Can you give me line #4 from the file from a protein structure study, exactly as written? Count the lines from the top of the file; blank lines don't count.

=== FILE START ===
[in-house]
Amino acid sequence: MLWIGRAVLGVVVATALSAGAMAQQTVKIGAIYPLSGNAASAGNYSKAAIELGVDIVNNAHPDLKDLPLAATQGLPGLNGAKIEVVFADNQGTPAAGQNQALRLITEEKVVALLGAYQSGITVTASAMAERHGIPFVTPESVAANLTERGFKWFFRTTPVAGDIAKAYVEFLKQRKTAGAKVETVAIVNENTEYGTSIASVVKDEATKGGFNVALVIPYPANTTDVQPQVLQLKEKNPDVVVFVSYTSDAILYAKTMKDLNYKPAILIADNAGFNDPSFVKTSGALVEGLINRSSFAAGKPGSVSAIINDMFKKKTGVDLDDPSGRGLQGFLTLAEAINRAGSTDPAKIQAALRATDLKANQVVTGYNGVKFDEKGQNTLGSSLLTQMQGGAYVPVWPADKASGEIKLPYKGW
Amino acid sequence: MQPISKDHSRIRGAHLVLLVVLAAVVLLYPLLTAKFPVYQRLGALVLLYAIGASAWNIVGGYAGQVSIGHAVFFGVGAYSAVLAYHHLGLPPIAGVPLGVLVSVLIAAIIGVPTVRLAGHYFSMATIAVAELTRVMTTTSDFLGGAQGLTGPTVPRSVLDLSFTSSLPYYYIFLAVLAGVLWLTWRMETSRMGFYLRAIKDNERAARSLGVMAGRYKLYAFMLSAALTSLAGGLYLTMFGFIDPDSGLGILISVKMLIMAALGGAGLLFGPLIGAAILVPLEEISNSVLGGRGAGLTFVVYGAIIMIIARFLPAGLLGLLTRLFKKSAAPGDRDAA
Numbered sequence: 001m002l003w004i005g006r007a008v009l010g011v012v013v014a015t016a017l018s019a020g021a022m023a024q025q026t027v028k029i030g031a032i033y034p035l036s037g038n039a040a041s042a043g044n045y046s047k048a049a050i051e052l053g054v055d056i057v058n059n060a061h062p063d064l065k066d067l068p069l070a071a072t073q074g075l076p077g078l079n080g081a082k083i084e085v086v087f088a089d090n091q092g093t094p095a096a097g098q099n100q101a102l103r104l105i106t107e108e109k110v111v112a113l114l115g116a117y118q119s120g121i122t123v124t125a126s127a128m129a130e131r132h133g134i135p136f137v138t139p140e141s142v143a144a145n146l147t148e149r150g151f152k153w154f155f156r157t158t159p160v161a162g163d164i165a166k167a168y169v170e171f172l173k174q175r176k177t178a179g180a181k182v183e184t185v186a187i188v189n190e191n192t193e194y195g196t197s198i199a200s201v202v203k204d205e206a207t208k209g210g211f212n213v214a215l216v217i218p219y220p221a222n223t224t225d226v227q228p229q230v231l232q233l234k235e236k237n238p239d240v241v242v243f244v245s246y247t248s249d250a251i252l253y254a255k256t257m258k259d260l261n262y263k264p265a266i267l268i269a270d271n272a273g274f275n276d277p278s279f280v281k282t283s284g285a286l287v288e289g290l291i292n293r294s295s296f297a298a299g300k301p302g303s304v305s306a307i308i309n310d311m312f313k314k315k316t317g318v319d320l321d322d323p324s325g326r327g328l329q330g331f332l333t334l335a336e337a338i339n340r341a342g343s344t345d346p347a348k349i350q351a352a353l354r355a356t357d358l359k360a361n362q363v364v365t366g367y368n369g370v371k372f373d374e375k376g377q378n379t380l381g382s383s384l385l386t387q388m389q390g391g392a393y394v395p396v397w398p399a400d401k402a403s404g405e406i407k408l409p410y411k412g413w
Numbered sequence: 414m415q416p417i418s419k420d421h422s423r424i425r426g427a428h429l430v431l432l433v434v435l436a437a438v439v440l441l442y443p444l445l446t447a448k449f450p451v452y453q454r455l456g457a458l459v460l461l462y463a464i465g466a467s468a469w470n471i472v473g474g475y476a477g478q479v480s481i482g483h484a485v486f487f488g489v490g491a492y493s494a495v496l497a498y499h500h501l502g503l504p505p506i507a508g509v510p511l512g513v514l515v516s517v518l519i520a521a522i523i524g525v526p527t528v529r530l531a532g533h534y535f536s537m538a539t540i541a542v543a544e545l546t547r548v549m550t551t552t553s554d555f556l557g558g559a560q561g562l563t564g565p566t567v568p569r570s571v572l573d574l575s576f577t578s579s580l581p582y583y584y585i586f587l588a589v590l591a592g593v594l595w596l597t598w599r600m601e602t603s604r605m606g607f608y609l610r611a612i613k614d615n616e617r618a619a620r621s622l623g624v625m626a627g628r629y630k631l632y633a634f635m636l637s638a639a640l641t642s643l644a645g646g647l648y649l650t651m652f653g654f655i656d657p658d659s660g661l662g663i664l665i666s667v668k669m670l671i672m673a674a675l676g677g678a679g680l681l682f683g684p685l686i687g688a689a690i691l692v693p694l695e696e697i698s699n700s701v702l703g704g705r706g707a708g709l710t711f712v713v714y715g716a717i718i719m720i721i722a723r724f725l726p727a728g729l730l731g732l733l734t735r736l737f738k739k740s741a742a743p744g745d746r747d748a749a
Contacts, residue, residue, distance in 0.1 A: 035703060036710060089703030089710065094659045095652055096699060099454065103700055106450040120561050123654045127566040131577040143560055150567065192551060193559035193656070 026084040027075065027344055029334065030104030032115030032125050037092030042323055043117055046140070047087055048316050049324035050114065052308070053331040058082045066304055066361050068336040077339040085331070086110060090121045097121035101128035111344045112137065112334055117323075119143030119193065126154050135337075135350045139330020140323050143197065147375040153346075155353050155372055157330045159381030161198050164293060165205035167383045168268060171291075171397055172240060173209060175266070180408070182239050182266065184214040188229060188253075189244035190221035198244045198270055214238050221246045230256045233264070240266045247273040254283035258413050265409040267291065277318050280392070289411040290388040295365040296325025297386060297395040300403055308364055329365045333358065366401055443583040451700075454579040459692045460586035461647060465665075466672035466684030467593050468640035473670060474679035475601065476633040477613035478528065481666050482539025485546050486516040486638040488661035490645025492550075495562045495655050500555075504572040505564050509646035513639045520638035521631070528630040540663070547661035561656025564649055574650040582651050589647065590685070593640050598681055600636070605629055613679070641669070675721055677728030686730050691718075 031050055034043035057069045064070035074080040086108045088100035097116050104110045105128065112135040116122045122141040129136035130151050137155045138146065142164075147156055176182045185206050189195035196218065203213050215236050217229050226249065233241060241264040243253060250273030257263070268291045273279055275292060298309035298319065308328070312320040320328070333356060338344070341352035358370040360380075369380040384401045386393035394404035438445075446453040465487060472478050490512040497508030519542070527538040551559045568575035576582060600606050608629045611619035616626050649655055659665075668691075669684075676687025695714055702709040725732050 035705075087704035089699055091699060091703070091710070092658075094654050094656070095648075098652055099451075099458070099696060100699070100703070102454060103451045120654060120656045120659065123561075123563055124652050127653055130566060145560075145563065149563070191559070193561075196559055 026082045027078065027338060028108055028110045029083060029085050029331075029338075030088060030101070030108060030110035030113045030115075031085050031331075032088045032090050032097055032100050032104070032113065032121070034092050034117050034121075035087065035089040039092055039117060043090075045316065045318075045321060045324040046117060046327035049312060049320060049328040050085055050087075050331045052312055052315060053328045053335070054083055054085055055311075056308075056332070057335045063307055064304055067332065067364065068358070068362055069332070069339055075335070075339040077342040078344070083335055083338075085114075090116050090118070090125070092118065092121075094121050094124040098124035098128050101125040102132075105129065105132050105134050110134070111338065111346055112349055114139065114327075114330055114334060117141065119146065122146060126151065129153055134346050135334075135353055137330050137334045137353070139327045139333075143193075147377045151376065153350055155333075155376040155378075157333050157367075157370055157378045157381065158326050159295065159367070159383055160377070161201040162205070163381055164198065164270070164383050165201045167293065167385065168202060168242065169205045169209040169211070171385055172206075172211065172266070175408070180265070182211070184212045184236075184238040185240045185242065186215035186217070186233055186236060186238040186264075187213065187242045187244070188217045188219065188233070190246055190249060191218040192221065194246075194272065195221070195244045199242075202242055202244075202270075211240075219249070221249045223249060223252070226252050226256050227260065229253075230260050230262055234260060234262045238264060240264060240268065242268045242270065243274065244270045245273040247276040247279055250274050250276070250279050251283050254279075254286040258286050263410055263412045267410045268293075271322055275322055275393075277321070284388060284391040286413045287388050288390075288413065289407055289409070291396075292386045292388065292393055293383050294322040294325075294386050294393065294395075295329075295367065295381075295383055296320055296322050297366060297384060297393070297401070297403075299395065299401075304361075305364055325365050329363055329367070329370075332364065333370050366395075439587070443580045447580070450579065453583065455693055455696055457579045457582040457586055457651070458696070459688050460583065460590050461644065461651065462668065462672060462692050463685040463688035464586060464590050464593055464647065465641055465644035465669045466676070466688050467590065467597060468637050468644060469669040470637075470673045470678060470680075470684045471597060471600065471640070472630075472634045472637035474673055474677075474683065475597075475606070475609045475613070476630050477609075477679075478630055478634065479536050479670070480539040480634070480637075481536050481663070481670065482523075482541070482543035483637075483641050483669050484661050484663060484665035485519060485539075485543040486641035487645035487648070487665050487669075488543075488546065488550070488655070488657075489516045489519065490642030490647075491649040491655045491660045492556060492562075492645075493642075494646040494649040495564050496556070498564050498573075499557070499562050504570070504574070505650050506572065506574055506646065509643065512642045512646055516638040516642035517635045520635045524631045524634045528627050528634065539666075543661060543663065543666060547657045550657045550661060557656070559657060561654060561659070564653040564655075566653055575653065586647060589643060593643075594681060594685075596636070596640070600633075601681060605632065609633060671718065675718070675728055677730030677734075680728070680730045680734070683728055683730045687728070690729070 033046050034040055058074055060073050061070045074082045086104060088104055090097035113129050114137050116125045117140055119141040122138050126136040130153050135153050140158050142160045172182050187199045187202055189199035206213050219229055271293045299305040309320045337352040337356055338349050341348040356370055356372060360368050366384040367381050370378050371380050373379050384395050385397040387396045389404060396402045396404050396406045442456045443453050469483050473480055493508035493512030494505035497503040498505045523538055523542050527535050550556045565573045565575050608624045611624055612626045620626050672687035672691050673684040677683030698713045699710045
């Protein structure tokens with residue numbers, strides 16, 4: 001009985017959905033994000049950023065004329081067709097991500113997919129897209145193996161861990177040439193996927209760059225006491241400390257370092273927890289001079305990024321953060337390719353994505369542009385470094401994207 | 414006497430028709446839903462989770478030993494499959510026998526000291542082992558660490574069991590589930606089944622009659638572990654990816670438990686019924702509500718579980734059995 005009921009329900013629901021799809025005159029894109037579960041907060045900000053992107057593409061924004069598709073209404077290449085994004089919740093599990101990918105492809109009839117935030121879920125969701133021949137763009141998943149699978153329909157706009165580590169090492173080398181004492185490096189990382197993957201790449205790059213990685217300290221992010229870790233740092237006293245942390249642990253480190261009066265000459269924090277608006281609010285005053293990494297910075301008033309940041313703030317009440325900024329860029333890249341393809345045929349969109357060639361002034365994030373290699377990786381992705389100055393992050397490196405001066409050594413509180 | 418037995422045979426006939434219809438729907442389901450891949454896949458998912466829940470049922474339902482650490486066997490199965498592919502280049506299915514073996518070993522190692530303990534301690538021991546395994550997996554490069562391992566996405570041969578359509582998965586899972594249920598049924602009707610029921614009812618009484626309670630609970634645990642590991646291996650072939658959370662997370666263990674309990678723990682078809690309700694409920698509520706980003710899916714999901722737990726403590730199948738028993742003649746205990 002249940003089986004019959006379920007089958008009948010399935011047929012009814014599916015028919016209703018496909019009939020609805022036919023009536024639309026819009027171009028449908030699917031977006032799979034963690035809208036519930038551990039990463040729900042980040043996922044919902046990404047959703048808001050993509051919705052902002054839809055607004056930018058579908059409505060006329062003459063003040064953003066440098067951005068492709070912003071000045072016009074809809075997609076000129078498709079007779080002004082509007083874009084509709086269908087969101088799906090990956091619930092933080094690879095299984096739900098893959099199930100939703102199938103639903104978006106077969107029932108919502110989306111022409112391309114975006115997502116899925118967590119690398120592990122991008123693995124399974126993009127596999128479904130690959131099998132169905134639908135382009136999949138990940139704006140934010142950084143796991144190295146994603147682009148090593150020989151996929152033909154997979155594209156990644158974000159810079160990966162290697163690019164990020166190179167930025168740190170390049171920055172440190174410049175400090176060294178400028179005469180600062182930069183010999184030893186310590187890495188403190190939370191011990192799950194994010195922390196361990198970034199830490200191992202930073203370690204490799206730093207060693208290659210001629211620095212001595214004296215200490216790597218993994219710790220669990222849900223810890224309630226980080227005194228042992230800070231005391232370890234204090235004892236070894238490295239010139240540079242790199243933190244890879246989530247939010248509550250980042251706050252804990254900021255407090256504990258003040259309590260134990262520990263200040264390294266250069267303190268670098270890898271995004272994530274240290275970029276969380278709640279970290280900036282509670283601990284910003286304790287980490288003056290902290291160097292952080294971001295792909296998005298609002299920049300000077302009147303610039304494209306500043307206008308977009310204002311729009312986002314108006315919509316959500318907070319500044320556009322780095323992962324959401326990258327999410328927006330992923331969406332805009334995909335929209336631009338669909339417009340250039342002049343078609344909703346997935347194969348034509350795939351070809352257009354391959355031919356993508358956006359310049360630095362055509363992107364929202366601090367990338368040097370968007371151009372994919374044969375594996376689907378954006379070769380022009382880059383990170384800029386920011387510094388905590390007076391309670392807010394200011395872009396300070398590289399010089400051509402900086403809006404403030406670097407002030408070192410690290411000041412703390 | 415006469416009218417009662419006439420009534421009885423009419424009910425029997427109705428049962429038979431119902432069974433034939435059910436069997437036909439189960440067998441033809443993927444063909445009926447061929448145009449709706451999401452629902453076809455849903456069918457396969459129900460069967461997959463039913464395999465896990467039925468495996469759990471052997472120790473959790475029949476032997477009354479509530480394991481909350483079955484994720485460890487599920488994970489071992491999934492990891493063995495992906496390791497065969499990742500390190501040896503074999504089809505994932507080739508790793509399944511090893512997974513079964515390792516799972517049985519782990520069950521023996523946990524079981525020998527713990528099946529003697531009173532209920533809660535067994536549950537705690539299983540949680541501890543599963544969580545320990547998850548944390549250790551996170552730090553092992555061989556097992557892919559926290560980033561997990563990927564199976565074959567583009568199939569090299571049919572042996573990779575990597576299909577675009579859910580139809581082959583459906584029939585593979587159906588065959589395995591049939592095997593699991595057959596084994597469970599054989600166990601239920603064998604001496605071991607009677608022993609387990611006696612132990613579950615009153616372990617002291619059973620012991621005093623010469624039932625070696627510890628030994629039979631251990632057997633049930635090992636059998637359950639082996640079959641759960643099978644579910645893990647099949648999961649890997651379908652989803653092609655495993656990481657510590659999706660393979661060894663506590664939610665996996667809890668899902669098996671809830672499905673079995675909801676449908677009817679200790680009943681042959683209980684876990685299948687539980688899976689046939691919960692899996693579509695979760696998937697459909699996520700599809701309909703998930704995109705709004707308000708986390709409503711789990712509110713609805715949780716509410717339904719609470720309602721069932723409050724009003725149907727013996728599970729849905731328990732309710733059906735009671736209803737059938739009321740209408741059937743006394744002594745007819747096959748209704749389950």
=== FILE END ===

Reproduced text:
Numbered sequence: 001m002l003w004i005g006r007a008v009l010g011v012v013v014a015t016a017l018s019a020g021a022m023a024q025q026t027v028k029i030g031a032i033y034p035l036s037g038n039a040a041s042a043g044n045y046s047k048a049a050i051e052l053g054v055d056i057v058n059n060a061h062p063d064l065k066d067l068p069l070a071a072t073q074g075l076p077g078l079n080g081a082k083i084e085v086v087f088a089d090n091q092g093t094p095a096a097g098q099n100q101a102l103r104l105i106t107e108e109k110v111v112a113l114l115g116a117y118q119s120g121i122t123v124t125a126s127a128m129a130e131r132h133g134i135p136f137v138t139p140e141s142v143a144a145n146l147t148e149r150g151f152k153w154f155f156r157t158t159p160v161a162g163d164i165a166k167a168y169v170e171f172l173k174q175r176k177t178a179g180a181k182v183e184t185v186a187i188v189n190e191n192t193e194y195g196t197s198i199a200s201v202v203k204d205e206a207t208k209g210g211f212n213v214a215l216v217i218p219y220p221a222n223t224t225d226v227q228p229q230v231l232q233l234k235e236k237n238p239d240v241v242v243f244v245s246y247t248s249d250a251i252l253y254a255k256t257m258k259d260l261n262y263k264p265a266i267l268i269a270d271n272a273g274f275n276d277p278s279f280v281k282t283s284g285a286l287v288e289g290l291i292n293r294s295s296f297a298a299g300k301p302g303s304v305s306a307i308i309n310d311m312f313k314k315k316t317g318v319d320l321d322d323p324s325g326r327g328l329q330g331f332l333t334l335a336e337a338i339n340r341a342g343s344t345d346p347a348k349i350q351a352a353l354r355a356t357d358l359k360a361n362q363v364v365t366g367y368n369g370v371k372f373d374e375k376g377q378n379t380l381g382s383s384l385l386t387q388m389q390g391g392a393y394v395p396v397w398p399a400d401k402a403s404g405e406i407k408l409p410y411k412g413w